Visa Crunch

International Students In Shanghai Affected As Teachers Leave Amid Recent COVID-19 Lockdown

As COVID-19 numbers continue to rise despite the weeks-long lockdown, an increasing number of Shanghai teachers are choosing to leave the city. The end-of-March lockdown is having an impact on China’s schools and economic activity, as thousands of expats and Chinese residents are unable to return to work.

Foreign residents in Shanghai are being evacuated as reports of the city’s deplorable living conditions emerge. Teachers at many of Shanghai’s international schools are resigning or temporarily relocating in large numbers, according to Radio Free Asia (RFA).

“It’s not just in Shanghai; teachers at the best international school in China have left,” said Li Min, a Fudan University graduate. “They sent out a letter saying that while they have more than 100 years of history as an international school, the lockdowns have left them feeling hopeless in just a short period of time.”

According to RFA, a letter from a Shanghai international school addressed to parents stated that 28 teachers may leave Shanghai by June 2, 2022, with only 24 expected to return in time for the next academic year. Meanwhile, the school will transition to distance learning in order to better accommodate teachers. “Rather than forcing our top teachers to resign or hesitate about their responsibilities,” the letter said, “we must create an environment that retains them.”

Shanghai residents are suffering as a result of China’s zero-COVID policy, with many going hungry due to food shortages. Due to an increase in Omicron cases, the city, which had adopted less stringent quarantine rules at the start of the pandemic, abruptly imposed a lockdown in late March. As per CNN, the government initially referred to it as a four-day “temporary pause” in which they planned to test the entire population, isolate positive cases, and reopen the city. As a result, many Shanghai residents had overlooked the need to stock up on supplies.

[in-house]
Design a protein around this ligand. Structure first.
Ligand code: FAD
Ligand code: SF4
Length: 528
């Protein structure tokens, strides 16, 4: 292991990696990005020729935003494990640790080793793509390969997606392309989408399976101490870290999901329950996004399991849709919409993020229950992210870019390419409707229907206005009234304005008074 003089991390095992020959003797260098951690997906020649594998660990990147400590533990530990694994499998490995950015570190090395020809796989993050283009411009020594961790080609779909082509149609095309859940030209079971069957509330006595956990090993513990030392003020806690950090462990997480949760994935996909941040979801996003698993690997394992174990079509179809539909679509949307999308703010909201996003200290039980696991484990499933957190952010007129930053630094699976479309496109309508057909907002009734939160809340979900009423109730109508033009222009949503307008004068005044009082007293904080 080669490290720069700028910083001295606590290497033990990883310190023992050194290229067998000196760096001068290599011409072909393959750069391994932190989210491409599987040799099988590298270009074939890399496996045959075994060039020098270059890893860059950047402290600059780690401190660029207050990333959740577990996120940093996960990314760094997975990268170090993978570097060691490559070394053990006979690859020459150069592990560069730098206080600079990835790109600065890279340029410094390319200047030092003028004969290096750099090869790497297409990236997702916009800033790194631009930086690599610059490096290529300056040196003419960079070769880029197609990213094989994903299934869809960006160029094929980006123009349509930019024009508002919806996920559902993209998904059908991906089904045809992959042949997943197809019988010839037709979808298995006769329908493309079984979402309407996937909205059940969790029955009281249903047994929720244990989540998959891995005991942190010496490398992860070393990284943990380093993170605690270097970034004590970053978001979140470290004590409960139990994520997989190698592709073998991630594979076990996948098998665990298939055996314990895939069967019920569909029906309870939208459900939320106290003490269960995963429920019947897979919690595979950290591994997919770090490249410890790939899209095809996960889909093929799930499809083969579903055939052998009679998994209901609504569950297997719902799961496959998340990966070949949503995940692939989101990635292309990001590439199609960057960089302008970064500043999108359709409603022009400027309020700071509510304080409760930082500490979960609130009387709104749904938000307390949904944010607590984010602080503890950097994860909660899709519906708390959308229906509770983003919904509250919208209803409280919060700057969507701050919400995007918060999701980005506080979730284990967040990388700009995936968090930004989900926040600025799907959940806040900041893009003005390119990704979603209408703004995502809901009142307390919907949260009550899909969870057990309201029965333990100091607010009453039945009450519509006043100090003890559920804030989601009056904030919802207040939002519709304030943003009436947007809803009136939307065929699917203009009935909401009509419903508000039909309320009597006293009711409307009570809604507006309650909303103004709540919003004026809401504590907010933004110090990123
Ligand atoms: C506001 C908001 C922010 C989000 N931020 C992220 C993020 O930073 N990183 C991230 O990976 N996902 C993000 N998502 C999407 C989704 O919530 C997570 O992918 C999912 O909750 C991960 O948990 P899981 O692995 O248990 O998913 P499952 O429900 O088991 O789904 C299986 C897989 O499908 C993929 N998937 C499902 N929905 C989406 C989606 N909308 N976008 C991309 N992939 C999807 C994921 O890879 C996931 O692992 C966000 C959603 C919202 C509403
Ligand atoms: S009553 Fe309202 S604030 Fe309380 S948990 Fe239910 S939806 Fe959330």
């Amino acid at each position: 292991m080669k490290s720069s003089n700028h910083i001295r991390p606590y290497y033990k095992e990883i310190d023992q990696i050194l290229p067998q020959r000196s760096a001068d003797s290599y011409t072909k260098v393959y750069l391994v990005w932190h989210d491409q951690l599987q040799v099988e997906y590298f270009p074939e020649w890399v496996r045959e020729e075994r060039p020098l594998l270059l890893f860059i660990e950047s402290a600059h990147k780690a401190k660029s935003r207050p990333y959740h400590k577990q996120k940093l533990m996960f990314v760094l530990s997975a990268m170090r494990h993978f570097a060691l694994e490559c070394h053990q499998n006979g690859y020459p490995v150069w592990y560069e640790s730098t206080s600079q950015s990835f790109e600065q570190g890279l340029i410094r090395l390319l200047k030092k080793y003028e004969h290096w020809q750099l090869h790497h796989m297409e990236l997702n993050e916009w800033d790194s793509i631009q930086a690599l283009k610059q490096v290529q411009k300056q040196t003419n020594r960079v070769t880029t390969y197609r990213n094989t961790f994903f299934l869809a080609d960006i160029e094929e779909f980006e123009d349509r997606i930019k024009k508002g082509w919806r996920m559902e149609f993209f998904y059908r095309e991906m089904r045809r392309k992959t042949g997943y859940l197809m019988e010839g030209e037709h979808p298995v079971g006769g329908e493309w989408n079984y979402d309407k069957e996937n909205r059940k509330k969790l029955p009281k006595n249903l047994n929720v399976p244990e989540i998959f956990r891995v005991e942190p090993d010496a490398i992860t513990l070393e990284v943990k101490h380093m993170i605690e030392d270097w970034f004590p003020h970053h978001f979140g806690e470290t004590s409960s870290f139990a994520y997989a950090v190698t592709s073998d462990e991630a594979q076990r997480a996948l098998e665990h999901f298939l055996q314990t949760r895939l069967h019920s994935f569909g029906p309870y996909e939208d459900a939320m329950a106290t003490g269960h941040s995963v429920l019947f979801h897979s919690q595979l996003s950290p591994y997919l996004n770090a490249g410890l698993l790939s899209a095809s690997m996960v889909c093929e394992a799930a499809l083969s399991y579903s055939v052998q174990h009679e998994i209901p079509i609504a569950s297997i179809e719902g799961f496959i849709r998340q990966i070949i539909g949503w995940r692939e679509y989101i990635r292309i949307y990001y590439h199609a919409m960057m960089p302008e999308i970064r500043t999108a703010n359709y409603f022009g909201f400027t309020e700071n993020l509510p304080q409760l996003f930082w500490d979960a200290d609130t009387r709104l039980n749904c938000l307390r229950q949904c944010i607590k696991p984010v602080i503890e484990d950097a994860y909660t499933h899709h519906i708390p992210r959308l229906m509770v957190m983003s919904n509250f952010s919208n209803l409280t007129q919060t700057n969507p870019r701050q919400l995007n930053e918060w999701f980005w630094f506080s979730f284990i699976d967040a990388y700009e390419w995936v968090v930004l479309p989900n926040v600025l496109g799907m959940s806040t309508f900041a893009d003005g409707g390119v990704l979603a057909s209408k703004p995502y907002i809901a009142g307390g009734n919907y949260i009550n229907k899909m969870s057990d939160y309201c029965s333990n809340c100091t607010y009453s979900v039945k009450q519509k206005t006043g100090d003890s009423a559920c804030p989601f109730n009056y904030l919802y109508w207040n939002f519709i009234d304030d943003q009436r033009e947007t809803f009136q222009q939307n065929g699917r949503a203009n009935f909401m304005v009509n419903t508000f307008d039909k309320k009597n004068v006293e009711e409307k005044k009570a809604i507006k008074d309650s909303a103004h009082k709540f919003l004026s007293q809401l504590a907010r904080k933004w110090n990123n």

With no end in sight to the lockdown, Shanghai residents are finding it very difficult to find food. Restaurants and other food services remain closed until further notice, and residents’ mobility restrictions make it impossible to visit supermarkets. As a result, many expats are rushing to leave the country.

The threat of food shortages isn’t the only problem confronting expats in Shanghai. As the number of cases increases, reports of limited access to hospitals, as well as severe conditions in isolation centres, are emerging. This concerns not only teachers in China’s schools, but also parents of international students.

This comes after reports of families being separated into different isolation centres, a decision allegedly made to better manage differing virological statuses. However, Le Monde reported in early April the publication of a video showing children isolated in a Shanghai hospital lying on a bed with bars, which alarmed many.

International students detained at Fudan University are also being transported to isolation facilities in Zhejiang, Jiangsu, and other provinces outside of Shanghai, according to RFA. According to a Shanghai resident, these students were removed from temporary hospitals due to a lack of space. As a result, consulates are coordinating efforts to evacuate international students from Shanghai. The South Korean consulate, for example, has urged Fudan University authorities to release the students who remain imprisoned on campus.

“The Korean consulate wrote to Fudan University because the school wasn’t cooperating … and refused to allow them to leave,” the consulate said in a letter. “Last week, half of the international students in China were evacuated by plane. There are still [South] Korean students in various schools.” Students were described as “extremely panicked and helpless” in the letter.

Legal Disclaimer: This article is provided for information purposes only.

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